Soon after Harbor Towers in Boston was built in 1972, residents complained about water leaking into their units. Over the next several years, saltwater from winds coming off the sea penetrated the porous concrete and corroded the steel reinforcement. Carbonization reduced the alkalinity of the concrete surrounding the steel, making the condition even worse. The concrete began to crack and scale. Freeze/thaw action accelerated the process and made the building unsafe. The homeowners' association authorized $10 million to complete repairs.

Of the 30,000 patches installed, only 30 failed during the final test of the construction phase and had to be replaced. No patches show evidence of having lost their bond since that time, and it's difficult even to locate the patch sites.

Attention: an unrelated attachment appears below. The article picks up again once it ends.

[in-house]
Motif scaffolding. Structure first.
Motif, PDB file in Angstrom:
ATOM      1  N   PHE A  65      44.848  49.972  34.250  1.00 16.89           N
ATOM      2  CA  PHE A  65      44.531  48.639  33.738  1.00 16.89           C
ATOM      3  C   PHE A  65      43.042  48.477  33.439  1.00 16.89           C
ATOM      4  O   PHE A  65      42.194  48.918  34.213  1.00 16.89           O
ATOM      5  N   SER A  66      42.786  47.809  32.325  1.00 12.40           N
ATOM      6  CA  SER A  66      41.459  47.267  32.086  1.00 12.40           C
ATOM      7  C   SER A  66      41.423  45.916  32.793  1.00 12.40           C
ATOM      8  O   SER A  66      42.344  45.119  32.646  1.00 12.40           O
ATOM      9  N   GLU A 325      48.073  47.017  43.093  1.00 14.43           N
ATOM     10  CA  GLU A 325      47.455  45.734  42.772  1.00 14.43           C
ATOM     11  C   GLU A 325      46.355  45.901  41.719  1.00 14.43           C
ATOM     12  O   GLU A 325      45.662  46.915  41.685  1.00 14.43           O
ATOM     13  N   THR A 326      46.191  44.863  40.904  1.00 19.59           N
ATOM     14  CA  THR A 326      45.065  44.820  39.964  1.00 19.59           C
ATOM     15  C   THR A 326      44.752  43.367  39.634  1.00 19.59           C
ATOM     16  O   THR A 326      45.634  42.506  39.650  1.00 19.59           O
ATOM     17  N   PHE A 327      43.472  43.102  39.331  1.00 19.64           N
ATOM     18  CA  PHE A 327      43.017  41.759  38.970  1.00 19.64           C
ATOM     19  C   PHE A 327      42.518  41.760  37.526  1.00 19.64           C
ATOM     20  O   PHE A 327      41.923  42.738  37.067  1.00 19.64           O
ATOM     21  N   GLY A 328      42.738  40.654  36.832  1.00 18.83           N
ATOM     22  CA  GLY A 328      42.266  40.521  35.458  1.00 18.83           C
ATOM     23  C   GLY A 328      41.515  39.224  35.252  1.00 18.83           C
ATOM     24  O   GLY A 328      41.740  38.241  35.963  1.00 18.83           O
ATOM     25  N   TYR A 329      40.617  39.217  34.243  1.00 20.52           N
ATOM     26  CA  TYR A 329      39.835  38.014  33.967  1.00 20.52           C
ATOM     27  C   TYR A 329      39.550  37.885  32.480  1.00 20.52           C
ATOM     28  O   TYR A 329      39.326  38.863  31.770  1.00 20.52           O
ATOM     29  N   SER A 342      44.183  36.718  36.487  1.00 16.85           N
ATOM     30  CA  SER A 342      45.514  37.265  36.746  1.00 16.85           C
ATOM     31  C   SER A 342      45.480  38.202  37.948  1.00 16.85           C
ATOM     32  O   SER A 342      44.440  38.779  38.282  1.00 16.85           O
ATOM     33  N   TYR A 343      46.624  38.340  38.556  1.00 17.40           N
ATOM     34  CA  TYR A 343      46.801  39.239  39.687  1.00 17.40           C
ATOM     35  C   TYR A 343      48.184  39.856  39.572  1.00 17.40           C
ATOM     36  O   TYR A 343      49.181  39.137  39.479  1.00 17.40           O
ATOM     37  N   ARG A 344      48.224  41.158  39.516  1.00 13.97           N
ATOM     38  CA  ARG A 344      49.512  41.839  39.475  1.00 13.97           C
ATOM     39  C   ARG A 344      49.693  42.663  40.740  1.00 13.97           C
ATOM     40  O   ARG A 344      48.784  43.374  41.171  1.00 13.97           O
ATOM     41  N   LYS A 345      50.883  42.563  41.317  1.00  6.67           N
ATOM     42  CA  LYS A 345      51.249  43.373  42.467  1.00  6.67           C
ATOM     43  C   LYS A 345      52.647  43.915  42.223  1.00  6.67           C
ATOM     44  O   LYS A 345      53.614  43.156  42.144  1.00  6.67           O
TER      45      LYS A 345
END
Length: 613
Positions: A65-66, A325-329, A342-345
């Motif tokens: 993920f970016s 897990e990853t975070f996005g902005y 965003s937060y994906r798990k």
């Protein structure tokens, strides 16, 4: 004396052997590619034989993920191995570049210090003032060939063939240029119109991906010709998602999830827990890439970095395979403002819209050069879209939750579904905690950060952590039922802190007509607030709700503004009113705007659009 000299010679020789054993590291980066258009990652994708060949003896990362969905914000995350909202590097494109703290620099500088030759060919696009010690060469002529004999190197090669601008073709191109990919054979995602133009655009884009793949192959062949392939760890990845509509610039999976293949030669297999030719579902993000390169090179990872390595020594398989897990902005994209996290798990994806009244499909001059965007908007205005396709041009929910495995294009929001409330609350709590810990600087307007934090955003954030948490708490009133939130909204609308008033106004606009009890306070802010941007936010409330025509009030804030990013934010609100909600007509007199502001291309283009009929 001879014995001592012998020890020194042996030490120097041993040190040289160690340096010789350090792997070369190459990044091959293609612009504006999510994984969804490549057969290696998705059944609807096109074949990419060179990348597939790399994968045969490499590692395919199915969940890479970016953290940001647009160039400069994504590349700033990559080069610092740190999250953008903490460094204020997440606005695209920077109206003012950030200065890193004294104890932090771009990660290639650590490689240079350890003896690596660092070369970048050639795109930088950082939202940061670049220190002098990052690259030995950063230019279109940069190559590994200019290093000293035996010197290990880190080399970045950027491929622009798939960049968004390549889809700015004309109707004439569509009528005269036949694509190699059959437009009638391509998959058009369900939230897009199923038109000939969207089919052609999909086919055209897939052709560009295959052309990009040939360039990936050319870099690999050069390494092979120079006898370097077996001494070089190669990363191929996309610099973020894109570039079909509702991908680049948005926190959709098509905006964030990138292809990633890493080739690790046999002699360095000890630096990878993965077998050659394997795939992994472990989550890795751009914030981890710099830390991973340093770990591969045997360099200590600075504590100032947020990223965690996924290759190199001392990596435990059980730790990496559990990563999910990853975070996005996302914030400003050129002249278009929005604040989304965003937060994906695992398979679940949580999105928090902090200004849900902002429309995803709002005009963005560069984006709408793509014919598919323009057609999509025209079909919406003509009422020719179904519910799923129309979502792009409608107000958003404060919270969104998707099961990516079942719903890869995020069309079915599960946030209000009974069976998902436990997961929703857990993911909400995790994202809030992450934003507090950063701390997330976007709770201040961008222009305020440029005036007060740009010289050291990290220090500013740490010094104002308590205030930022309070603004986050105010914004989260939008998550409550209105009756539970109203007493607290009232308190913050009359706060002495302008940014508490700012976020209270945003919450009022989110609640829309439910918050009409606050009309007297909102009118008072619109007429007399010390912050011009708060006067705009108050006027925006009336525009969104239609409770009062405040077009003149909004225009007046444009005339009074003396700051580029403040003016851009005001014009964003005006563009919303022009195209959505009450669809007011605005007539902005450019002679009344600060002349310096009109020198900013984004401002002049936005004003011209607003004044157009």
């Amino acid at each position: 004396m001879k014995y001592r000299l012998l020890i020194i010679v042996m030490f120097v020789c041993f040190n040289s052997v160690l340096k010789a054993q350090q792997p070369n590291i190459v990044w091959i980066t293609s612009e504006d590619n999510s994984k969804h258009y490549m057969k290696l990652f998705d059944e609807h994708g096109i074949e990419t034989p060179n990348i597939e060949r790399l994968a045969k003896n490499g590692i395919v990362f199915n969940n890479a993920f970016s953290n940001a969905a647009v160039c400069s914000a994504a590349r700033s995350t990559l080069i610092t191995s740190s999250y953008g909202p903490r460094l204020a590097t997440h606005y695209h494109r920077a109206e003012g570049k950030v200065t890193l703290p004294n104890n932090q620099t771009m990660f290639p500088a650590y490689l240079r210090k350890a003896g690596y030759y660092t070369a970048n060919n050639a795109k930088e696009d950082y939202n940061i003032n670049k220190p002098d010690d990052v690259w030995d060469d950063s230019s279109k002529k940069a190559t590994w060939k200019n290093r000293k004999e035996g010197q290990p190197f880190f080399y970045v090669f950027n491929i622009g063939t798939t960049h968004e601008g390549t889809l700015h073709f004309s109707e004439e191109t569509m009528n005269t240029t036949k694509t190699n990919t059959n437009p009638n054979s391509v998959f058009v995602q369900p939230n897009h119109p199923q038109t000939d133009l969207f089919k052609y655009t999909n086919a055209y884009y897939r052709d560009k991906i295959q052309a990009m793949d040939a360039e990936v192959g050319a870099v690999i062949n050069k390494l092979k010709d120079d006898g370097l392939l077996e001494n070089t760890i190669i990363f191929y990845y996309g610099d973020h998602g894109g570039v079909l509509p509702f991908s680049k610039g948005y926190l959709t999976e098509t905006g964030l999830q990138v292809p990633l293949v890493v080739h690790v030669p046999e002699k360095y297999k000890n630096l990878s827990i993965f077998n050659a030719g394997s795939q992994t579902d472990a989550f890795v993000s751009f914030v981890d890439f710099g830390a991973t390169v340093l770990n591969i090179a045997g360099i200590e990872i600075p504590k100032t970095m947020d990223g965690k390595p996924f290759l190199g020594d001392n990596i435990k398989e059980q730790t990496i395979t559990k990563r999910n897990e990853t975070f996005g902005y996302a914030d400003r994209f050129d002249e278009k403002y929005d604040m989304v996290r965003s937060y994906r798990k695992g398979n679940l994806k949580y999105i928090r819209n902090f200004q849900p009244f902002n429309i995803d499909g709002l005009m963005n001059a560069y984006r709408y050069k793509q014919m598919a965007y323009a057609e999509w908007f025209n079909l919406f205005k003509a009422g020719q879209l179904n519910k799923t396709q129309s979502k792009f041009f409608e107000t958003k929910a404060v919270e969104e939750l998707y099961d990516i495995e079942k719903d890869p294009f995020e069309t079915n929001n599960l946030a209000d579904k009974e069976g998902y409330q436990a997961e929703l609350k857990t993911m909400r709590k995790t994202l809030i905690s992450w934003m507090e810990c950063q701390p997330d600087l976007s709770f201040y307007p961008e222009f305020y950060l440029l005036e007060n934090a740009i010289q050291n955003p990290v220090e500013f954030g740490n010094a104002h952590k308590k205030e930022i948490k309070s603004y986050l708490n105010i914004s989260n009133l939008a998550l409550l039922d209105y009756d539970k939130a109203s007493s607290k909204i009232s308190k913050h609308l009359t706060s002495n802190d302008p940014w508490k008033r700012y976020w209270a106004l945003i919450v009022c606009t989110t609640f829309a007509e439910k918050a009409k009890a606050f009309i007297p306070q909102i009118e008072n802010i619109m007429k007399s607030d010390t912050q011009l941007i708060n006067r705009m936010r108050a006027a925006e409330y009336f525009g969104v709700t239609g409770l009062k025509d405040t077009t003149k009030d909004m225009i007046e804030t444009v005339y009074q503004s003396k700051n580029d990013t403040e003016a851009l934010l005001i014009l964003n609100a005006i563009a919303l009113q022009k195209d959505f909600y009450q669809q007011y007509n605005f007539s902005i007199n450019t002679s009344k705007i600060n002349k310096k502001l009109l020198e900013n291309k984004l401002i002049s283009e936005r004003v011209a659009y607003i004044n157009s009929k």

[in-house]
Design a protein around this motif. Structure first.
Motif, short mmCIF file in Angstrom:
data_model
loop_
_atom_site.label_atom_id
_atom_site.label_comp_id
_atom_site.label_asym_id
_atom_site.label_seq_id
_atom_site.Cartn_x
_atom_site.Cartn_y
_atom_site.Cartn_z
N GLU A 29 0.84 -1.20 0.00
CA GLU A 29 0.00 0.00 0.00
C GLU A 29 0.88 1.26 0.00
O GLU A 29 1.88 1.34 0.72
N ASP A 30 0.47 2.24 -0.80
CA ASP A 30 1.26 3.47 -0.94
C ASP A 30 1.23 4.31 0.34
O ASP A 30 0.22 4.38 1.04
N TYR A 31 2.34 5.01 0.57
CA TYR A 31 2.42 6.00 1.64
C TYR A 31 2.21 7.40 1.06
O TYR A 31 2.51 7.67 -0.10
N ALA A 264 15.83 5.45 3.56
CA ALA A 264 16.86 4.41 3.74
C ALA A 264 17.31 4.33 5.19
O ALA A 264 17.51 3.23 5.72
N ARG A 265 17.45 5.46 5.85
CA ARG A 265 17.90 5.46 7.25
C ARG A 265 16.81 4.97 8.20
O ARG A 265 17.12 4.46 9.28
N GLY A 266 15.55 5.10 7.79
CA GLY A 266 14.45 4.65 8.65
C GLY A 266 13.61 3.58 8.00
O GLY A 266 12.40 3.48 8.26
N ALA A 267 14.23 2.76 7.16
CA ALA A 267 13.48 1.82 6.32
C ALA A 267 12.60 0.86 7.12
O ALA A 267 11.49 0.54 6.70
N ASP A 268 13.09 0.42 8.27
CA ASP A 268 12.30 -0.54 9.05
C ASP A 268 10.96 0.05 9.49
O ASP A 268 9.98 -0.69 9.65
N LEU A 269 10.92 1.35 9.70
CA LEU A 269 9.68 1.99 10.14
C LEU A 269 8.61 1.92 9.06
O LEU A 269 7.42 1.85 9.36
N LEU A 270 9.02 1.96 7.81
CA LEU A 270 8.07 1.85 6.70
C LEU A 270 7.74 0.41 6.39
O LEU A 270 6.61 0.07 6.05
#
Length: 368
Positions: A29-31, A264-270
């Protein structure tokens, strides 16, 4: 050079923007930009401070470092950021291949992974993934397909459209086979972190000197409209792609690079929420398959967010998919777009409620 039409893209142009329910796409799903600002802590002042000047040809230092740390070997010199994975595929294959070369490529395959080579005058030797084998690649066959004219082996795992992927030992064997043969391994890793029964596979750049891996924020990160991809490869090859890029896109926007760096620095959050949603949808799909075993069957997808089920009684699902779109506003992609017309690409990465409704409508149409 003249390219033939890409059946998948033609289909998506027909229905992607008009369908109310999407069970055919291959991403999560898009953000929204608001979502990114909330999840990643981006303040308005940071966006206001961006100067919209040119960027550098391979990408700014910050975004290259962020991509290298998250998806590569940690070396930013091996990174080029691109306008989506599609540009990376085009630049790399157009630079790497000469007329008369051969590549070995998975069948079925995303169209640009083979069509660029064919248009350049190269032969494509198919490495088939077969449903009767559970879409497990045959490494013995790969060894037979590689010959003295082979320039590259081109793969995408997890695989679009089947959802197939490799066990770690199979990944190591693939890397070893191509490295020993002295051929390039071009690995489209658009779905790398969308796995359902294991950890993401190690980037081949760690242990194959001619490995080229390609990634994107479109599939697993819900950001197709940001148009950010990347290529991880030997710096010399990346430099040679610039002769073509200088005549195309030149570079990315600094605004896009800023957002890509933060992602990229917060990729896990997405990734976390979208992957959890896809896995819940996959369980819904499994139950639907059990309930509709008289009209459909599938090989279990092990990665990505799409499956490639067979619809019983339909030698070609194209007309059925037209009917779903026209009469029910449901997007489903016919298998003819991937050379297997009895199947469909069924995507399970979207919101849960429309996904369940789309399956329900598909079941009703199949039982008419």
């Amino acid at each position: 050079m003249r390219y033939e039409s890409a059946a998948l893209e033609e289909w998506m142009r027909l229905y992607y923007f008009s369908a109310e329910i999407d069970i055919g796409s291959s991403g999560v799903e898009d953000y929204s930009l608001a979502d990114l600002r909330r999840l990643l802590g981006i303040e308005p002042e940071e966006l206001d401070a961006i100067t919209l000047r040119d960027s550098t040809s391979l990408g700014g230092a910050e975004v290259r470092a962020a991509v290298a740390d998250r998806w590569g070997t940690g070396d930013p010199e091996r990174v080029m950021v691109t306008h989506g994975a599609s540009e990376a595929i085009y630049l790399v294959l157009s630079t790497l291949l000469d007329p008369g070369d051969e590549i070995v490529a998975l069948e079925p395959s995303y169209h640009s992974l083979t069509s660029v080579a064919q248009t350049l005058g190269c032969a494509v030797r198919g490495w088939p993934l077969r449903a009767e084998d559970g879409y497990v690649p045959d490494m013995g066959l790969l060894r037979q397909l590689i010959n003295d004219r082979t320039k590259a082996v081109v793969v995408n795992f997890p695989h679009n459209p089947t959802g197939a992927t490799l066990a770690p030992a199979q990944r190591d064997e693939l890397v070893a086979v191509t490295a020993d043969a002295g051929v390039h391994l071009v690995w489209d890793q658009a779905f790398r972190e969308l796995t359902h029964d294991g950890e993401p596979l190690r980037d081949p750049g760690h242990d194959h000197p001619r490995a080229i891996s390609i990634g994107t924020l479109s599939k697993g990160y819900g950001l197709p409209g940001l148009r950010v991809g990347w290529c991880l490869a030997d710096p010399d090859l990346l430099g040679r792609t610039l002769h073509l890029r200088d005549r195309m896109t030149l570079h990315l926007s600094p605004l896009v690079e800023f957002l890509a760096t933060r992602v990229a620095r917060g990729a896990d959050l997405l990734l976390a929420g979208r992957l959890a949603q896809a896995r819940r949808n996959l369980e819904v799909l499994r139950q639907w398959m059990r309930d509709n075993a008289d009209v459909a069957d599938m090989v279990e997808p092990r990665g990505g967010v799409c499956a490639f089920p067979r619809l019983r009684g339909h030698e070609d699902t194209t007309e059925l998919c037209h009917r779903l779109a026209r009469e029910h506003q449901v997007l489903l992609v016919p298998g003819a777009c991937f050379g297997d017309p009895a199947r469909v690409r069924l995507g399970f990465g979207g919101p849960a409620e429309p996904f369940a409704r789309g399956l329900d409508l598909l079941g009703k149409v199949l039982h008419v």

Precautions paid off because 4 years later there is no evidence of scaling or peeling. The coatings are preventing penetration of water and chlorides into the concrete—keeping steel reinforcement from further deterioration.